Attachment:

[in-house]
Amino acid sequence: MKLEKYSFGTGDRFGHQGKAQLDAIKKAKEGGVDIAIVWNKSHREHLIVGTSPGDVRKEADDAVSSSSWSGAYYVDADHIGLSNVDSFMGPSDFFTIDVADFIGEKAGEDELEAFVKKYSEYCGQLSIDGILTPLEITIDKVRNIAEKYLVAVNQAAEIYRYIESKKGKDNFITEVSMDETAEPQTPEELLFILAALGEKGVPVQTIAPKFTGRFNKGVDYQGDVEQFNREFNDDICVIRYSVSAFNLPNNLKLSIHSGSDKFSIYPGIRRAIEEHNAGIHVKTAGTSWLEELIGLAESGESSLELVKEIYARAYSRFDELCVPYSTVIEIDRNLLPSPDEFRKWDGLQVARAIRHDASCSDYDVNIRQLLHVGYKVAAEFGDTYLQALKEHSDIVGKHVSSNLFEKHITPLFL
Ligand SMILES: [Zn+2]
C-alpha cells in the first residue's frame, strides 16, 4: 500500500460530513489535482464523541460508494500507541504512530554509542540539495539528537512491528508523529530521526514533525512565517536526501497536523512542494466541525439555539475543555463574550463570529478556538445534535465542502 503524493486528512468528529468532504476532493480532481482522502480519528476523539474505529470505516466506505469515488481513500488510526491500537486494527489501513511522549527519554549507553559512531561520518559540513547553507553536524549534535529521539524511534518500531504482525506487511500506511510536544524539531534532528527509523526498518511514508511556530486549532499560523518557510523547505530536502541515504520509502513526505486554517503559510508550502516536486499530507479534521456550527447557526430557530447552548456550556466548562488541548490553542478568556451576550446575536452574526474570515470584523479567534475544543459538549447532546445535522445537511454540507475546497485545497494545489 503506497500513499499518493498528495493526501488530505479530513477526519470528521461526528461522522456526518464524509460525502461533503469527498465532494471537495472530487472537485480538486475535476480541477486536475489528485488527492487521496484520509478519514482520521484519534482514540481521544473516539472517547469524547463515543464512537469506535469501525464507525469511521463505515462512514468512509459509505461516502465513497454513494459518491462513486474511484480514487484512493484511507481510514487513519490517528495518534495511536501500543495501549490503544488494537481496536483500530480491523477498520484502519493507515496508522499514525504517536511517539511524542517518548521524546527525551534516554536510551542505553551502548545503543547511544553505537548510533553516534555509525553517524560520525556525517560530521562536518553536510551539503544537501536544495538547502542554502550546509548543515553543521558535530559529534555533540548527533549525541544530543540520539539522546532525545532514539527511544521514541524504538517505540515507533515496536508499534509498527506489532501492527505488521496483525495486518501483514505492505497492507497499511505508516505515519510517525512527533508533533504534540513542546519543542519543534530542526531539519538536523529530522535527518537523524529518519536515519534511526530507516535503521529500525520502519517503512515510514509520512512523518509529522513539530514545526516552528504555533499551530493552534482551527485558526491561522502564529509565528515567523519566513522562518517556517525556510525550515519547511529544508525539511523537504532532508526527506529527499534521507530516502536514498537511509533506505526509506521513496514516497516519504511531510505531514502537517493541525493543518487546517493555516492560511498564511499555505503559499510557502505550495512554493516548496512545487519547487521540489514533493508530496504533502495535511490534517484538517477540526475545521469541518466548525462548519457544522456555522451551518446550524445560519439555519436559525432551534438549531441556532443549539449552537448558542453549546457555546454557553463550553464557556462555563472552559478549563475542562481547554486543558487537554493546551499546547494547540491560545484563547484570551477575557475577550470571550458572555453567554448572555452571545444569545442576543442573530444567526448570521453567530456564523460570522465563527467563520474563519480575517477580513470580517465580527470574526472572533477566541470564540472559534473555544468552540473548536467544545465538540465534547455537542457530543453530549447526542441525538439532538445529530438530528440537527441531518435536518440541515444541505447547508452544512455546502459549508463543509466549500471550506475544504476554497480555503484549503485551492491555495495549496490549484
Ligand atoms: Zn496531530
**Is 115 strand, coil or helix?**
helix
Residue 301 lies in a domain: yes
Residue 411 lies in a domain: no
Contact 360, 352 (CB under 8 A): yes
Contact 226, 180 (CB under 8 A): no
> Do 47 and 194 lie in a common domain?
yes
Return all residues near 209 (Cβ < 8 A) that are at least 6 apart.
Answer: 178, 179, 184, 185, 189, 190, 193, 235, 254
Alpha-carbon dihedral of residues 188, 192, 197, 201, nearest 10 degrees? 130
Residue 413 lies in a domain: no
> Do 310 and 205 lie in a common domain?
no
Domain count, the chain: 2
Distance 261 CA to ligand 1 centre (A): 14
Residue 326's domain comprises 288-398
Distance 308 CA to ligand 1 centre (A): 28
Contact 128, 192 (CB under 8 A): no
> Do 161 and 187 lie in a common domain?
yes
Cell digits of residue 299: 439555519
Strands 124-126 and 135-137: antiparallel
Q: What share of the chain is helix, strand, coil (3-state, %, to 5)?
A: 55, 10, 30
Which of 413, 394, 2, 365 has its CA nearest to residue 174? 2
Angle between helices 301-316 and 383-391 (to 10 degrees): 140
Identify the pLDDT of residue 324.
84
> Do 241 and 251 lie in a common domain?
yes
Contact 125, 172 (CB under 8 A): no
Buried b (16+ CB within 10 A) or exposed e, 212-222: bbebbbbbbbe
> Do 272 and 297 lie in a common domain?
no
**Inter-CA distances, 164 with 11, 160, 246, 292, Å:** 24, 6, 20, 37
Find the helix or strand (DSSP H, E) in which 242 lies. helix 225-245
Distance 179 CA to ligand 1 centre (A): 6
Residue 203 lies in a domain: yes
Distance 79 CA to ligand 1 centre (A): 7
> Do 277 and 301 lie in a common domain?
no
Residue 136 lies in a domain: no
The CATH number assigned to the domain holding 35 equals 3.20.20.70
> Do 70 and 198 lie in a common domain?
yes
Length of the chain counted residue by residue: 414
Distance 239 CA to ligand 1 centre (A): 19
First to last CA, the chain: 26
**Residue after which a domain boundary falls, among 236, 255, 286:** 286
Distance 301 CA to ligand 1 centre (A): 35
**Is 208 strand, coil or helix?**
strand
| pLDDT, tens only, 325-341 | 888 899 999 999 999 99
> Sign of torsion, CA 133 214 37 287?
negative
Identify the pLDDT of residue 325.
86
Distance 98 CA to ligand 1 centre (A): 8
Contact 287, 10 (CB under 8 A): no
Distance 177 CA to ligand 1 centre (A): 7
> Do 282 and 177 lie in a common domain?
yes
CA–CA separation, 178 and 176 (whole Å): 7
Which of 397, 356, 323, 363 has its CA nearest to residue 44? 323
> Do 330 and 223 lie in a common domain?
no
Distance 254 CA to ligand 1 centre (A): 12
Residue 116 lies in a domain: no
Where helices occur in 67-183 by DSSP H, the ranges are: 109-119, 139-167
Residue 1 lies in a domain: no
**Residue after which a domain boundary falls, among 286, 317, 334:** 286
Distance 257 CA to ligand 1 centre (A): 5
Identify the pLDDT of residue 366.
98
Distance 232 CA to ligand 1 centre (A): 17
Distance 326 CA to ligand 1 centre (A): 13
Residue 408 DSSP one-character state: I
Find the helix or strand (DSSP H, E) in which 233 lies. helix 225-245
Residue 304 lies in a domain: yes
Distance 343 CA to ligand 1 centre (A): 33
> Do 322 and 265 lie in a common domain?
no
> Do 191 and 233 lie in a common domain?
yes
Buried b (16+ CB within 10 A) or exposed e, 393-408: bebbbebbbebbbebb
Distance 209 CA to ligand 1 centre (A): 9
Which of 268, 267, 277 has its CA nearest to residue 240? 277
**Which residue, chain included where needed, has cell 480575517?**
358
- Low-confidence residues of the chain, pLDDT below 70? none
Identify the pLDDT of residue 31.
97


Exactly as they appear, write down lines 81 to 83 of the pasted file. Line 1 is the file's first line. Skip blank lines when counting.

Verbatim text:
Distance 232 CA to ligand 1 centre (A): 17
Distance 326 CA to ligand 1 centre (A): 13
Residue 408 DSSP one-character state: I